other big or small and issuers, it
can get twisted in the national
international media to look at times
of much worse than perhaps is the
case. I think the facts when they
come out in this issue will prove
that jersey has not been involved in
An inquest has heard hospital staff
lacked the necessary
training to use equipment to move
a patient who fell from
a hoist and later died.
The 83-year-old woman
from St Clement was being
cared for on Oak Ward
at Jersey's St Saviour's Hospital
last March, when she fell
after being bathed.
As a result, the health department
has replaced the equipment and given
staff more training.
Marian McNamee was at
this morning's inquest.
The inquest heard how the patient,
Mary Cornish, had finished her usual
bathing routine when she fell
from the hoist being used
by nurses to lift her.
She hit and cut her
head on the ground.
She was transferred
to the General Hospital and later
developed bronchial pneumonia,
the recorded cause of death.
An inspector's report was read
to the inquest and we were given
access to a photographic
reconstruction where it could be
seen that a seat belt hadn't been
used with the hoist.
It was also found that staff
did not have appropriate
or up-to-date training to use
this specialist equipment.
Describing what she termed
weaknesses in the system,
the inspector recommended changes.
As a result the hoists have been
replaced and there is now a detailed
and regular training plan in place.
After the hearing Mrs
Cornish's daughters gave
the BBC this statement.
The family went on to tell us
they're encouraged that the health
department has taken action to keep
patients safe in the future.
Marian McNamee, BBC
Channel Islands News, Jersey.
Gun owners in the Channel
Islands who wish
to surrender their firearms can do
so from Monday, as part
of a national police appeal.
The Guernsey and Jersey forces
are joining a two-week British
campaign called Operation Aztec
urging people to hand in any
unlawfully held or unwanted
guns and ammunition.
Police say the amnesty
is an opportunity to get more
firearms out of harm's way.
Work to turn a Victorian fort
in Alderney into a luxury hotel
could start next year.
Plans to redevelop Fort Tourgis at
a cost of £17.5 million had stalled.
The developer blamed
the delay on the global
financial crisis and Brexit,
but he's now confident
work can start in 2018.
You're watching the BBC
in the Channel Islands.
Later in Spotlight with Justin
and Victoria, an injured
Royal Marine prepares to row solo
across the Atlantic,
helped by a Jerseyman who completed
the challenge 20 years ago.
helped by a Jerseyman who completed
the challenge 20 years ago.
First the weather and Dan is here.
Quite cool in the wings today but
bright, all change for tomorrow,
milder but a not cloudy. This is
earlier today, tomorrow a lot damper
for many. Cloud, missed and fork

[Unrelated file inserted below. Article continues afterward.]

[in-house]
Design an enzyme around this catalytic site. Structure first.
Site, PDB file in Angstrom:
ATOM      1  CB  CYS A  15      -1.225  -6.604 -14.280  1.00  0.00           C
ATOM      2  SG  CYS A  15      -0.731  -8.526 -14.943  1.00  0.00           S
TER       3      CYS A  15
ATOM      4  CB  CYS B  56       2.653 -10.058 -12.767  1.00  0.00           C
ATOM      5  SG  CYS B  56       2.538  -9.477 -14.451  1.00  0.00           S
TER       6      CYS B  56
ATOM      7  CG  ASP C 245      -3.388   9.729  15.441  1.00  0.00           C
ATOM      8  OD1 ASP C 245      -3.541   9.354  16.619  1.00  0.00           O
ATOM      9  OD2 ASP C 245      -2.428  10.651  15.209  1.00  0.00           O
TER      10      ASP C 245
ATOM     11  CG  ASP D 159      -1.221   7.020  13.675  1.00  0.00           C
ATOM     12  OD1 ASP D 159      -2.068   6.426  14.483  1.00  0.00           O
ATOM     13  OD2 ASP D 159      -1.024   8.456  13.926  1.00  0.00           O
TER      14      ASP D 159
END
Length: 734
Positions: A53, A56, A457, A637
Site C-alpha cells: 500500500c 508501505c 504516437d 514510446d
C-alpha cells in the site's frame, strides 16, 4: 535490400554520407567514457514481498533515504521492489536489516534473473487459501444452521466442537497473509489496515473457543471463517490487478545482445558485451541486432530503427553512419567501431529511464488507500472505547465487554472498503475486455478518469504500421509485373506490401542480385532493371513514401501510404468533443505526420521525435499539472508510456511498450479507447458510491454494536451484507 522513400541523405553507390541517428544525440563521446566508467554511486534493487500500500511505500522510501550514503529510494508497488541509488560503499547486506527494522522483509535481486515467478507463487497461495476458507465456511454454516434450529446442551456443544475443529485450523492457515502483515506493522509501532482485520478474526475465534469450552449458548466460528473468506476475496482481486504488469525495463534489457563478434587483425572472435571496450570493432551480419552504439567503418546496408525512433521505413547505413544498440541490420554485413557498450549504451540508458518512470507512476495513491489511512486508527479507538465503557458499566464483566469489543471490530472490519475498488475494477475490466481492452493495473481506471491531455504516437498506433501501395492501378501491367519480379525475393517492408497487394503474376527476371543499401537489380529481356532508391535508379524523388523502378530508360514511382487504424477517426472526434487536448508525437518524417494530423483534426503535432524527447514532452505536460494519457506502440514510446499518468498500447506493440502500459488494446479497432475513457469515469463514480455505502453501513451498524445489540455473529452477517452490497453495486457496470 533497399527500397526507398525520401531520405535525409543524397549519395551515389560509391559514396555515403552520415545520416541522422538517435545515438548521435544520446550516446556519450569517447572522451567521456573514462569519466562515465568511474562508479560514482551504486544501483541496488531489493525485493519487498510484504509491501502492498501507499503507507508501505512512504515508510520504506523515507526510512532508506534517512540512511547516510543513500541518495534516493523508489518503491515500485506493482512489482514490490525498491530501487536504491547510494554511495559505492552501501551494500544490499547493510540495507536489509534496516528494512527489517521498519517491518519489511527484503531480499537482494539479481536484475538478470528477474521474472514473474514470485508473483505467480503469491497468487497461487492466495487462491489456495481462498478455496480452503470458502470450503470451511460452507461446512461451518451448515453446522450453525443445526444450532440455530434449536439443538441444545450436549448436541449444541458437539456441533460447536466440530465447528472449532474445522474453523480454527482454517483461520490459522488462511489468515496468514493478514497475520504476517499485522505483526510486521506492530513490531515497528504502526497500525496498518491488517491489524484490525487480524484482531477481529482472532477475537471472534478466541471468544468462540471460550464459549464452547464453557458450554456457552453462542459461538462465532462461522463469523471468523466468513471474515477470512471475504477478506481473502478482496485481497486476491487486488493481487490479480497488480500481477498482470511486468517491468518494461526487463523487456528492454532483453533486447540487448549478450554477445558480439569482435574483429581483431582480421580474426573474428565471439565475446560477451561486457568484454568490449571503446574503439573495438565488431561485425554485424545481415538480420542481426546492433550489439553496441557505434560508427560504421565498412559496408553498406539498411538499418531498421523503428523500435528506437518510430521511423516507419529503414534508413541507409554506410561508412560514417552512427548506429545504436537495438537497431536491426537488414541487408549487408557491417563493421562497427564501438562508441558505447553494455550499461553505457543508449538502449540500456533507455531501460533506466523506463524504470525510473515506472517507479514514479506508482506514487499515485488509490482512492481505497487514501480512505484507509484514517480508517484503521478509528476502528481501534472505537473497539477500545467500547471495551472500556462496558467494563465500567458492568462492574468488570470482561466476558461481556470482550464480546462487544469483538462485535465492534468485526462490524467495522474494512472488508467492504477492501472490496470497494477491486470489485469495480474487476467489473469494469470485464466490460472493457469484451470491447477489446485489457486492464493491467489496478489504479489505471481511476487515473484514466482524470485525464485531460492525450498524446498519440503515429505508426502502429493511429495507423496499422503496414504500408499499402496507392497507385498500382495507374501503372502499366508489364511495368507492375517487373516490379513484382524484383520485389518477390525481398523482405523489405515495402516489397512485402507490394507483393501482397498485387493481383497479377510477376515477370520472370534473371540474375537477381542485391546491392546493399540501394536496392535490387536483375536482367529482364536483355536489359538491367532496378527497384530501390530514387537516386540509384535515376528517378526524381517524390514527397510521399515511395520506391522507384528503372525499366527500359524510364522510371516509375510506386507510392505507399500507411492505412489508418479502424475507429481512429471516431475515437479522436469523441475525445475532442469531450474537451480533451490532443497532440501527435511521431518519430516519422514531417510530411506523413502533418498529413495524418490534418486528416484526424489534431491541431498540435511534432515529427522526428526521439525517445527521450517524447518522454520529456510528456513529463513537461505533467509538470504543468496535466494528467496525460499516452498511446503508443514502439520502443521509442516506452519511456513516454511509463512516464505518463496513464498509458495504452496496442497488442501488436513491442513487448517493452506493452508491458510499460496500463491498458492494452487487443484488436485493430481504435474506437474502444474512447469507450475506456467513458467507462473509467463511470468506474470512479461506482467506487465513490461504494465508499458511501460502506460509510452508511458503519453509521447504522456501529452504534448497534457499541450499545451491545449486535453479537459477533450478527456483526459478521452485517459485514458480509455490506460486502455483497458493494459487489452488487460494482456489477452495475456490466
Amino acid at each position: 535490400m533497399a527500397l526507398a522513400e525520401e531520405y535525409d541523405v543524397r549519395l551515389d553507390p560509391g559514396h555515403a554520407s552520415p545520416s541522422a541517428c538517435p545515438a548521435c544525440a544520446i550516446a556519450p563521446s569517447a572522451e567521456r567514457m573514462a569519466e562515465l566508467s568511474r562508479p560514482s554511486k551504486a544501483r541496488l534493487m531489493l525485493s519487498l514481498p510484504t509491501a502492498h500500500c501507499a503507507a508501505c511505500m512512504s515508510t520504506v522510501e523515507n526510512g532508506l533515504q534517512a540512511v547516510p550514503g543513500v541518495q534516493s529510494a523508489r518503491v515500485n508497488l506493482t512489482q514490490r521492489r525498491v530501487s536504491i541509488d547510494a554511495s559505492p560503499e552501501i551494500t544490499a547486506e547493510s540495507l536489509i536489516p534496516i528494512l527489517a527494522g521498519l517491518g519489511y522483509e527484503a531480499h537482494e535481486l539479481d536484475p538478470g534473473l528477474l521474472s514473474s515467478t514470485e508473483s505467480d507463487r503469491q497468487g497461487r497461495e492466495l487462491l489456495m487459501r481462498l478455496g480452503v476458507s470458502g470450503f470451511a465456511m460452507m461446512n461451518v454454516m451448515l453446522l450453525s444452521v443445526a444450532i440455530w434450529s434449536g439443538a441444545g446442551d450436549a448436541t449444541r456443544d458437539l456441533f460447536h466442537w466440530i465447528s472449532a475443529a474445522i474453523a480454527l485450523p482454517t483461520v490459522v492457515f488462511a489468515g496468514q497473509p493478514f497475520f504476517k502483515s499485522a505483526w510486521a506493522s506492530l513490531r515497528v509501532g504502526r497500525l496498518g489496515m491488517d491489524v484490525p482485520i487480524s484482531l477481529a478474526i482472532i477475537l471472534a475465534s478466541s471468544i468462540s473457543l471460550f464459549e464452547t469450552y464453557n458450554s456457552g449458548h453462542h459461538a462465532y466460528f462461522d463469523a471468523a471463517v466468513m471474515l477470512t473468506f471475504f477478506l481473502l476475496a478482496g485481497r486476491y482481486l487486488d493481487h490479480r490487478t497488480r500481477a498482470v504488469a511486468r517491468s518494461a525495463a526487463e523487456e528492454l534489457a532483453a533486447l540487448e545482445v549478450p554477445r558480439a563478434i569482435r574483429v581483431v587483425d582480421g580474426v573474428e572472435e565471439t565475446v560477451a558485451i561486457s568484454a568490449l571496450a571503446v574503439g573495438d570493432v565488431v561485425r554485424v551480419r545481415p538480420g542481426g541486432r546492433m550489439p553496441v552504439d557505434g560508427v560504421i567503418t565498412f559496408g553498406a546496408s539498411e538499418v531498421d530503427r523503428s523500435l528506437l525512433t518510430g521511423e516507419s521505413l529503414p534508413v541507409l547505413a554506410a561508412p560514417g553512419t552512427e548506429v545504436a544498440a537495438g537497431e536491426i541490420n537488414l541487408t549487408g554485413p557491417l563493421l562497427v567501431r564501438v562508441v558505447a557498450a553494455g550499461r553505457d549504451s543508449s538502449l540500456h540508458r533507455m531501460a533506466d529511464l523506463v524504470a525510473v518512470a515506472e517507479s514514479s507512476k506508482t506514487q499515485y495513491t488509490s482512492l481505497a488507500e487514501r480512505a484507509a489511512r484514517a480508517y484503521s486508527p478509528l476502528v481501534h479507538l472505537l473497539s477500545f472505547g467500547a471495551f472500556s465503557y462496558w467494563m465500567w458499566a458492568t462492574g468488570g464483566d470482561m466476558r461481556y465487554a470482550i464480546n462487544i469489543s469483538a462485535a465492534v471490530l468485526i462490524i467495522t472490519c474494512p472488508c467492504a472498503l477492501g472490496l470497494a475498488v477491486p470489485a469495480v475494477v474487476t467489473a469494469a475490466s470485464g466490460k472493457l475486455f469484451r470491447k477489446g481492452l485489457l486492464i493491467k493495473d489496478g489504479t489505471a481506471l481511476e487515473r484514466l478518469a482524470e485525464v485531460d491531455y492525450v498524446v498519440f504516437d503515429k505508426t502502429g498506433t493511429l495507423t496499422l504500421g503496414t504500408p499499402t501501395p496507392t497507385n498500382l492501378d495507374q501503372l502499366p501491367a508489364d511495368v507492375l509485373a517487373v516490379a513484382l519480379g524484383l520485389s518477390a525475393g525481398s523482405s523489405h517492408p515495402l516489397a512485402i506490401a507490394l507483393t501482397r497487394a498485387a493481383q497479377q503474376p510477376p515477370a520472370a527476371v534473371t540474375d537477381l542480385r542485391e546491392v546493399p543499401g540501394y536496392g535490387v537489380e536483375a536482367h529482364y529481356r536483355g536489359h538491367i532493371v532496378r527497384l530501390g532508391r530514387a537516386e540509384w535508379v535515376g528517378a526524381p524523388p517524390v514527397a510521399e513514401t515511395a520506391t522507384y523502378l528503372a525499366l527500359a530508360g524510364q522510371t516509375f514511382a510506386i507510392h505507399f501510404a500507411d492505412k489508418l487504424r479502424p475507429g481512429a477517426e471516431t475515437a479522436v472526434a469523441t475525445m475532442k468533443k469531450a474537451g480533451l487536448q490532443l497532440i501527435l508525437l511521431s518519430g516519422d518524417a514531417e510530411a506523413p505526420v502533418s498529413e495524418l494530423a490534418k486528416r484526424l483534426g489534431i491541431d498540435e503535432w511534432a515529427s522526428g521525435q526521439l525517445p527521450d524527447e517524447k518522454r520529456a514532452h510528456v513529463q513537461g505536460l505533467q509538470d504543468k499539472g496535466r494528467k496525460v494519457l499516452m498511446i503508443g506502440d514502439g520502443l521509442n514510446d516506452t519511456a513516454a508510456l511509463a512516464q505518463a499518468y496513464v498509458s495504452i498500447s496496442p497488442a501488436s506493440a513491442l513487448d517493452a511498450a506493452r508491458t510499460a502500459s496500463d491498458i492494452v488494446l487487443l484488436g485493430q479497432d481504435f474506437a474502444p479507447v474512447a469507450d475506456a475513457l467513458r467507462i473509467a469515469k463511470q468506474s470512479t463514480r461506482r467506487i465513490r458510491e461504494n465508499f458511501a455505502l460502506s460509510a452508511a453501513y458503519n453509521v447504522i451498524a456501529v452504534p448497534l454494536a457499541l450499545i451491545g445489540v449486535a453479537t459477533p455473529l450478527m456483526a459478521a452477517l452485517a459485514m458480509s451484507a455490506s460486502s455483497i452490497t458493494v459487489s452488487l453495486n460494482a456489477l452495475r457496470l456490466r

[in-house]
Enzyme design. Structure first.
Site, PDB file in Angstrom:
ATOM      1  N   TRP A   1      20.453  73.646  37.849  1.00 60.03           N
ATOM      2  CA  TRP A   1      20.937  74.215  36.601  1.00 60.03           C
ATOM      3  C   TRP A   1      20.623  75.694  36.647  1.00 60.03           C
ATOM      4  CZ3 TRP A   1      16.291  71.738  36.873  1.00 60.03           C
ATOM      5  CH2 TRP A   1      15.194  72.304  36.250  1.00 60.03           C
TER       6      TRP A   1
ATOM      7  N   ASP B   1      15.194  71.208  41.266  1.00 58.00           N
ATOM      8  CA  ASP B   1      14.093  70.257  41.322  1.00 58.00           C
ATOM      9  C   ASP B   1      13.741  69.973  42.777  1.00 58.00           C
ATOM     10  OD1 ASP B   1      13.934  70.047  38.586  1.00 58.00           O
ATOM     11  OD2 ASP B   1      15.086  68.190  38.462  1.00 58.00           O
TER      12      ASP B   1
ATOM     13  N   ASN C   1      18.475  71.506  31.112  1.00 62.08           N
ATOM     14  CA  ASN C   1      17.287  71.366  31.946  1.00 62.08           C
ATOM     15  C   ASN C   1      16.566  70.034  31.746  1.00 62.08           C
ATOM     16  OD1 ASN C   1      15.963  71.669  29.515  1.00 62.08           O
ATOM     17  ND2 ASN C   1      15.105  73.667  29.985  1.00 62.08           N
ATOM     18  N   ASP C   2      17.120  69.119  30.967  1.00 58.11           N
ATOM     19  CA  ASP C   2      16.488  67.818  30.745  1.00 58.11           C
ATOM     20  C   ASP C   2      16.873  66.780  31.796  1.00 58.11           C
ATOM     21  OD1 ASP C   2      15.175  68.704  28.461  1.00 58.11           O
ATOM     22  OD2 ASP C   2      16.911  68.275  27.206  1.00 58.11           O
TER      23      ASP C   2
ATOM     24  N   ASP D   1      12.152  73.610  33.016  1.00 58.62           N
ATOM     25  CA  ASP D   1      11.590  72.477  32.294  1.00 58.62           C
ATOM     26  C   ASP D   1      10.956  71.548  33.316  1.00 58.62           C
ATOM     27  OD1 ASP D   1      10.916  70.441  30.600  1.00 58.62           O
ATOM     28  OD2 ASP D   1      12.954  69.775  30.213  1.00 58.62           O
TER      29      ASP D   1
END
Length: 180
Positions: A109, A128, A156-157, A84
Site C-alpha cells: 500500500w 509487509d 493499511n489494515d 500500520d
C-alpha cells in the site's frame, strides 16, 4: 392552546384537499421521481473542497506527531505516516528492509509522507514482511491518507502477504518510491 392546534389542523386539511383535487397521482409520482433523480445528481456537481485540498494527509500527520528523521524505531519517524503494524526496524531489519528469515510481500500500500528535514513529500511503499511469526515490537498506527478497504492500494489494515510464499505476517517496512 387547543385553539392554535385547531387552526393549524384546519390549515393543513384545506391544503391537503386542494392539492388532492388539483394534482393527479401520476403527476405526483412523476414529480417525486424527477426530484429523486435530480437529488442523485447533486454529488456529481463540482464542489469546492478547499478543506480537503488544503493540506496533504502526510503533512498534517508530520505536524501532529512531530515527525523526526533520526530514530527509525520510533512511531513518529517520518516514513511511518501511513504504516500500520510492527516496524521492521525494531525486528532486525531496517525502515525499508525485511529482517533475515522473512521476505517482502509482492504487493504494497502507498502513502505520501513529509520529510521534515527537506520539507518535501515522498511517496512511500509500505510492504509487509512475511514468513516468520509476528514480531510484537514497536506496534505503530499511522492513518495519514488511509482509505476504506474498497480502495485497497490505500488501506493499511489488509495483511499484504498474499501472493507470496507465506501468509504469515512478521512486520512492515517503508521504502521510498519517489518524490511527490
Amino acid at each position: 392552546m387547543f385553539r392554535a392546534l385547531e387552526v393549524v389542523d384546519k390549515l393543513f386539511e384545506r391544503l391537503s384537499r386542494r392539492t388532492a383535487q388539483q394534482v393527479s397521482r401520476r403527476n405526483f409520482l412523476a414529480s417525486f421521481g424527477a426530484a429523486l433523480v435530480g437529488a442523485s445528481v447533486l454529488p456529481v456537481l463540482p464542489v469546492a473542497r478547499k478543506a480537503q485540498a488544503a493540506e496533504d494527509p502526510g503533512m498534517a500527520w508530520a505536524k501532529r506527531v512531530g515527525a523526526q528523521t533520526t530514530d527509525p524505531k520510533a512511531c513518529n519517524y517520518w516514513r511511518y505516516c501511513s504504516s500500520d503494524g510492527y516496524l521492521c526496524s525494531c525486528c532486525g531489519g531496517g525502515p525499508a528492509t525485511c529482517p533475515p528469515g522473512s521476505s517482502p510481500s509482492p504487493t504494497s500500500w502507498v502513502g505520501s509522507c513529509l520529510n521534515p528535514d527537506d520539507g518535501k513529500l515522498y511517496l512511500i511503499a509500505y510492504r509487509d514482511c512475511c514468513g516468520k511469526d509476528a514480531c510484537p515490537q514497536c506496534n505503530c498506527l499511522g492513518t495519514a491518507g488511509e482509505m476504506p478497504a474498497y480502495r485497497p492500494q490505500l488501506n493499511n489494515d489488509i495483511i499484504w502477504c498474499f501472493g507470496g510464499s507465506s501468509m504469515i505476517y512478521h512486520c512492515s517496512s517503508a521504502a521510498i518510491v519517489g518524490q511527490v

with rain and drizzle as well. Today
between the areas of cloud, good
spells of sunshine but thanks to a
ridge of high pressure, short-lived
but that'll decay overnight and
allowing weather fronts to move in
for tomorrow. This one bringing a
lot of cloud and rain tomorrow and
the edge of that high pressure, for
the weather fronts push in for
Friday and into the weekend bringing
rain at times. At the moment, dry,
clear skies and temperatures dipping
quite swiftly this evening. Into
single figures but we start to see
the cloud pushing and and rain the
soil temperatures starts to pick up
again, like twins overnight,
north-westerly 's. Tomorrow starts
rather dumb, mist and fog, rain
through much of the morning. Feeling
and for the showers, bright spills
into the afternoon. Highs of 14.
Times of high water...
As for our coastal waters, wins
coming west north-west, generally
good visibility. Into Friday, still
a future was around, bright and
sunny spells but also breaks of
rain, milder and to Friday and that
of the weekend but winds picking up
and becoming breezy into the
weekend, wins from a northerly
direction which starts to make it
feel cooler. By Sunday, temperatures
could be ten or 11, a few showers
was around but bright and sunny
spells at times but also cold by
night. A bit of everything in our
forecast. That is
night. A bit of everything in our
forecast. That is the news and
weather from BBC Channel Islands
this Wednesday evening. I am back
after the news at 10pm.
And after a fine day today it's all
change for tomorrow, becoming a lot
cloud. Milder though with some
outbreaks of rain and drizzle. Stay
tuned for the forecast.
Now how does the idea of spending
three months at sea,
battling 30ft waves,
all alone in a tiny
rowing boat sound?
Well for one former Royal Marine
from Devon those are the challenges
he'll face next year as he attempts
to become the first physically
disabled person to row solo
and unsupported from Europe to South
Lee Spencer - who lost his right
leg in a freak accident
aims to leave Gibraltar in January:
all being well he'll reach Venezuela
some 3,500 miles later.
It's a massive challenge,
but as John Henderson reports,
Lee has form when it comes to rowing
across the Atlantic.
I need to get as fit as I can be, as
strong as I can be and as fat as I
can be. I'm doing that one well!
Because in January Lee Spencer will
be leaving his Devon driveway to row
across the Atlantic on this. A seven
metre long boat.
If you go that
It fills a bit unstable. But
the former Royal Moraine hopes to
roll into the record books.
first physically disabled person to
row from Europe to mainland South
America and the second one is want
to break the able-bodied record.
has form when it comes to rowing